- Title: Coronavirus crisis drives more people to French food banks, many for first time
- Date: 16th July 2020
- Summary: (SOUNDBITE) (French) "RESTOS DU COEUR" PRESIDENT, PATRICE BLANC, SAYING: "If the pandemic goes back up in autumn, it will add to unemployment, and it's an explosive mix." VOLUNTEER VOLUNTEER WALKING IN CENTRE MILK BOTTLES VOLUNTEERS PREPARING BAGS
- Embargoed: 30th July 2020 16:51
- Keywords: COVID-19 coronavirus food banks health impact poverty
- Location: PARIS AND HOUILLES, FRANCE
- City: PARIS AND HOUILLES, FRANCE
- Country: France
- Topics: Society/Social Issues
- Reuters ID: LVA003CN26J47
- Aspect Ratio: 16:9
- Story Text: They were temp works, hospitality industry employees, painters, students - now, they've become newcomers to France's food banks as the coronavirus crisis has unleashed a flood of people who had never expected to need help to meet their basic needs into distribution centres.
Among them is 34-year-old Natalia scraped by during France's nearly two-month lockdown thanks to donations from a food bank after the Paris bakery she works in put her under partial unemployment.
With loans to pay and a family of four to feed, she continues to fear for her job despite the re-opening of her store two weeks ago because of slow business, she said as she collected goods at a food bank northwest of Paris on Thursday (July 16).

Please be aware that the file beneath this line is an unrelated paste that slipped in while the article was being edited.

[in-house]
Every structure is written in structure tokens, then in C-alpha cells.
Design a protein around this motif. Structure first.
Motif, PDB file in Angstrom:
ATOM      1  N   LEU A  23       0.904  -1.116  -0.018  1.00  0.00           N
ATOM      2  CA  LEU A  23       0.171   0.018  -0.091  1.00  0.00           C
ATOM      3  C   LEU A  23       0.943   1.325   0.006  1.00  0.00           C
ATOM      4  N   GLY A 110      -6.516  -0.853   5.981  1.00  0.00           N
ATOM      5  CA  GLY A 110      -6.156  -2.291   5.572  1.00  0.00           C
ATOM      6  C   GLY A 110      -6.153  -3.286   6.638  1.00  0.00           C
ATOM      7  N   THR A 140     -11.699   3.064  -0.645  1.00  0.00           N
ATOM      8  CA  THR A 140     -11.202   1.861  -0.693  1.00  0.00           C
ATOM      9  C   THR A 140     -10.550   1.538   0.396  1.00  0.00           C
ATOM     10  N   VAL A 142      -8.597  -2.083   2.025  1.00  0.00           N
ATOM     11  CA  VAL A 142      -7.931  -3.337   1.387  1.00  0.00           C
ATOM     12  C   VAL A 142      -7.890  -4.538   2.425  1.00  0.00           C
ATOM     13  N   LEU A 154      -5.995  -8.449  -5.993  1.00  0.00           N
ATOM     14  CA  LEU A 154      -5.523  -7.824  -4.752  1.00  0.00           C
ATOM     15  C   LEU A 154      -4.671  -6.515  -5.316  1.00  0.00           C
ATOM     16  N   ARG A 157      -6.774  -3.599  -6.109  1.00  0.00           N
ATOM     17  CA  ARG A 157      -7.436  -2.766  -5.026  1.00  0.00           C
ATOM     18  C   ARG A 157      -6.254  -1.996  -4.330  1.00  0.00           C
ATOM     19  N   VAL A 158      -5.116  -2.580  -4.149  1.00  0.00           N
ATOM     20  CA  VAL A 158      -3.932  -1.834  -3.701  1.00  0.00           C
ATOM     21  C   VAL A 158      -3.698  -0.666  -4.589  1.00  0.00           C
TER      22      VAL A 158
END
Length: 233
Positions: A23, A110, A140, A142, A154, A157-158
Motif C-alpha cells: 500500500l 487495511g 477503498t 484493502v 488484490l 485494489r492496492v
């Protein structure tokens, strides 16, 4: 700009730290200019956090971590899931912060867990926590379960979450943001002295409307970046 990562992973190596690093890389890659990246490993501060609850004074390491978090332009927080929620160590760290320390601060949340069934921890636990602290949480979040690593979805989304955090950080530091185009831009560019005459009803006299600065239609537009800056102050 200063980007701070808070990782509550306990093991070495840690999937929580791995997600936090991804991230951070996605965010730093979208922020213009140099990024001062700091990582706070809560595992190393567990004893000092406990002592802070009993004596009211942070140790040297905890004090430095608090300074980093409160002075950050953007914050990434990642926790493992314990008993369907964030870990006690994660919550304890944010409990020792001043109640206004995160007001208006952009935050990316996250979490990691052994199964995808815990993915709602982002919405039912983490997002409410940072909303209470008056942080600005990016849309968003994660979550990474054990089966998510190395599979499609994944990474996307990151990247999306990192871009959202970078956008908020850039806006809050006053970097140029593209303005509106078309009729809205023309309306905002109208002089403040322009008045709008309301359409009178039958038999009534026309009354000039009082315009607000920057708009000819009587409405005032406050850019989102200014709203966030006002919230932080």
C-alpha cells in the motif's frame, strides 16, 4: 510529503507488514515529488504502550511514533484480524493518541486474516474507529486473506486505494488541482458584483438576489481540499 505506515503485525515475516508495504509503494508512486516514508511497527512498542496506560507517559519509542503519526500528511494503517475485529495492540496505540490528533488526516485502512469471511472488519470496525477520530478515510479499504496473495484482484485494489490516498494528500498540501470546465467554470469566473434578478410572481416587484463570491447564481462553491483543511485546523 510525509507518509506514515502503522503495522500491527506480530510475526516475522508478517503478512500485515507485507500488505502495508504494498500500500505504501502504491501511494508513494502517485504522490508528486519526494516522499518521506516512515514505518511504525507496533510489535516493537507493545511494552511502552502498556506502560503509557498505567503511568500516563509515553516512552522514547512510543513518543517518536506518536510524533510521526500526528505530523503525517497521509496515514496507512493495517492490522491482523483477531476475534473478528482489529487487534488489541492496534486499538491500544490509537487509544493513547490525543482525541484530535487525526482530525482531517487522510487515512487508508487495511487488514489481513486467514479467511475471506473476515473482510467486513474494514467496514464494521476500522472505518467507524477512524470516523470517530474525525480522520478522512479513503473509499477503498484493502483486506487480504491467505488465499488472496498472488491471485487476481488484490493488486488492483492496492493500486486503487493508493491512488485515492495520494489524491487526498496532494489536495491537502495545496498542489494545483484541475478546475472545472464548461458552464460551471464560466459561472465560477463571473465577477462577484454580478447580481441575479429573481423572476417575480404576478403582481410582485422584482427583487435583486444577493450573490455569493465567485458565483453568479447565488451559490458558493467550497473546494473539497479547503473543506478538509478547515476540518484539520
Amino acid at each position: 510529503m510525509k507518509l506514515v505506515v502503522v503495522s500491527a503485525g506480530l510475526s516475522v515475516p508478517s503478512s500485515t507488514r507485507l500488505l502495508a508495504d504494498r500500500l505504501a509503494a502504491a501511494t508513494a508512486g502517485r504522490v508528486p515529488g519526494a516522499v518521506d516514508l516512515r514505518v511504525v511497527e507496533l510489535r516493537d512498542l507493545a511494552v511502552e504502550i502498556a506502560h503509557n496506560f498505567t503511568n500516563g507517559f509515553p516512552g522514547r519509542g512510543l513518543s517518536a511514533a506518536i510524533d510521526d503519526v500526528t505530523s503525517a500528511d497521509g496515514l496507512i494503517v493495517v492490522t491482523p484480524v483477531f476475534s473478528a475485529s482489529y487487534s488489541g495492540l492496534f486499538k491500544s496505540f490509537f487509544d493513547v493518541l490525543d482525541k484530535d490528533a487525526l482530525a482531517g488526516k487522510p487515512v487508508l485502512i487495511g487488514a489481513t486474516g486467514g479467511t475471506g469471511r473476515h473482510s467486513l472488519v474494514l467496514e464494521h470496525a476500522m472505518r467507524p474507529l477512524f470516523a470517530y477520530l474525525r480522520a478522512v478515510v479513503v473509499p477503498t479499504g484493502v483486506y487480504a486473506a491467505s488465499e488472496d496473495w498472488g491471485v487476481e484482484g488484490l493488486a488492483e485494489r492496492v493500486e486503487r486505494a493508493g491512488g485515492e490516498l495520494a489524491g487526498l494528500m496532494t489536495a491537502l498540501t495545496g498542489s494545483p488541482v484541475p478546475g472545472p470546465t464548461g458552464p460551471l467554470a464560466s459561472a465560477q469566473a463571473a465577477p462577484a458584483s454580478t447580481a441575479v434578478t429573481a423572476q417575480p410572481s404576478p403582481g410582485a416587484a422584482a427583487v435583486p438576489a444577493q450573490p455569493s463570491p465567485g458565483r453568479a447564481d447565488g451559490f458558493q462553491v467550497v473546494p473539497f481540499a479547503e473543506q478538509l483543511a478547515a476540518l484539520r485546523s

Her husband, an independent construction worker, lost clients during the lockdown. When he resumed work, the more large-scale construction jobs that used to earn him money were replaced by smaller works that pay less.
"I'm not embarrassed, but it's too bad we can't get by on our own," Natalia told Reuters. "What scares me is how are we going to get by if there is a second wave."
After France went into lockdown in mid-March, Hamza, a student from Morocco, was unable to earn cash for food giving math lessons to high school students as he prepared for university entrance exams, leaving him no choice but to seek food aid.
With the Restos du Coeur charity seeing numbers up 20-30% from normal levels since March, staff said Hamza and Natalia's cases are now common, whereas before, they would rarely see students or people with jobs.
Government officials have said that as many as 8 million people in France might need food aid by the end of the year, and a number food banks have said they are not prepared to cope with the increase.
"If the pandemic comes back in autumn on top of all the unemployment, it'll be an explosive mix," Restos du Coeur head Patrice Blanc said.
(Production: Emilie Delwarde)
- Copyright Holder: REUTERS
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